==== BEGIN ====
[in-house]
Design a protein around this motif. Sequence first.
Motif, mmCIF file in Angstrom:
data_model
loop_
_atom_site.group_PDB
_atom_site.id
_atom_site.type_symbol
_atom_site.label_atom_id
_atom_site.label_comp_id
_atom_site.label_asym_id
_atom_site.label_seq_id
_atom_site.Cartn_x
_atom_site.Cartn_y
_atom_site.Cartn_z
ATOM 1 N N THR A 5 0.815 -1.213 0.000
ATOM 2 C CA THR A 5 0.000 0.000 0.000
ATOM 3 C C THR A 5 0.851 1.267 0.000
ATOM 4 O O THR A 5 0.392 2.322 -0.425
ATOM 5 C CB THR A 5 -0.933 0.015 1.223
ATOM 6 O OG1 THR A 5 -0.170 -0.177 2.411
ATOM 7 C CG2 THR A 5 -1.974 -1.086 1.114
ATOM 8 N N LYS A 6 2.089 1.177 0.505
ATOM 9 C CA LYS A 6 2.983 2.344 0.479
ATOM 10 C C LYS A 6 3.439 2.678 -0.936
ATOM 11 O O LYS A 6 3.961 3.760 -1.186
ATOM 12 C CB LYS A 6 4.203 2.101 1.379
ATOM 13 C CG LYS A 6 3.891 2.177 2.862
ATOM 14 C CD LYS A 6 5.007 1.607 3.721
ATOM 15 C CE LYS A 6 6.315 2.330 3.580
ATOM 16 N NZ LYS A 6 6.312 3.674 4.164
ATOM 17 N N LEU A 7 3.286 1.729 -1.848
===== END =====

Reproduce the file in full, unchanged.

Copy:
[in-house]
Design a protein around this motif. Sequence first.
Motif, mmCIF file in Angstrom:
data_model
loop_
_atom_site.group_PDB
_atom_site.id
_atom_site.type_symbol
_atom_site.label_atom_id
_atom_site.label_comp_id
_atom_site.label_asym_id
_atom_site.label_seq_id
_atom_site.Cartn_x
_atom_site.Cartn_y
_atom_site.Cartn_z
ATOM 1 N N THR A 5 0.815 -1.213 0.000
ATOM 2 C CA THR A 5 0.000 0.000 0.000
ATOM 3 C C THR A 5 0.851 1.267 0.000
ATOM 4 O O THR A 5 0.392 2.322 -0.425
ATOM 5 C CB THR A 5 -0.933 0.015 1.223
ATOM 6 O OG1 THR A 5 -0.170 -0.177 2.411
ATOM 7 C CG2 THR A 5 -1.974 -1.086 1.114
ATOM 8 N N LYS A 6 2.089 1.177 0.505
ATOM 9 C CA LYS A 6 2.983 2.344 0.479
ATOM 10 C C LYS A 6 3.439 2.678 -0.936
ATOM 11 O O LYS A 6 3.961 3.760 -1.186
ATOM 12 C CB LYS A 6 4.203 2.101 1.379
ATOM 13 C CG LYS A 6 3.891 2.177 2.862
ATOM 14 C CD LYS A 6 5.007 1.607 3.721
ATOM 15 C CE LYS A 6 6.315 2.330 3.580
ATOM 16 N NZ LYS A 6 6.312 3.674 4.164
ATOM 17 N N LEU A 7 3.286 1.729 -1.848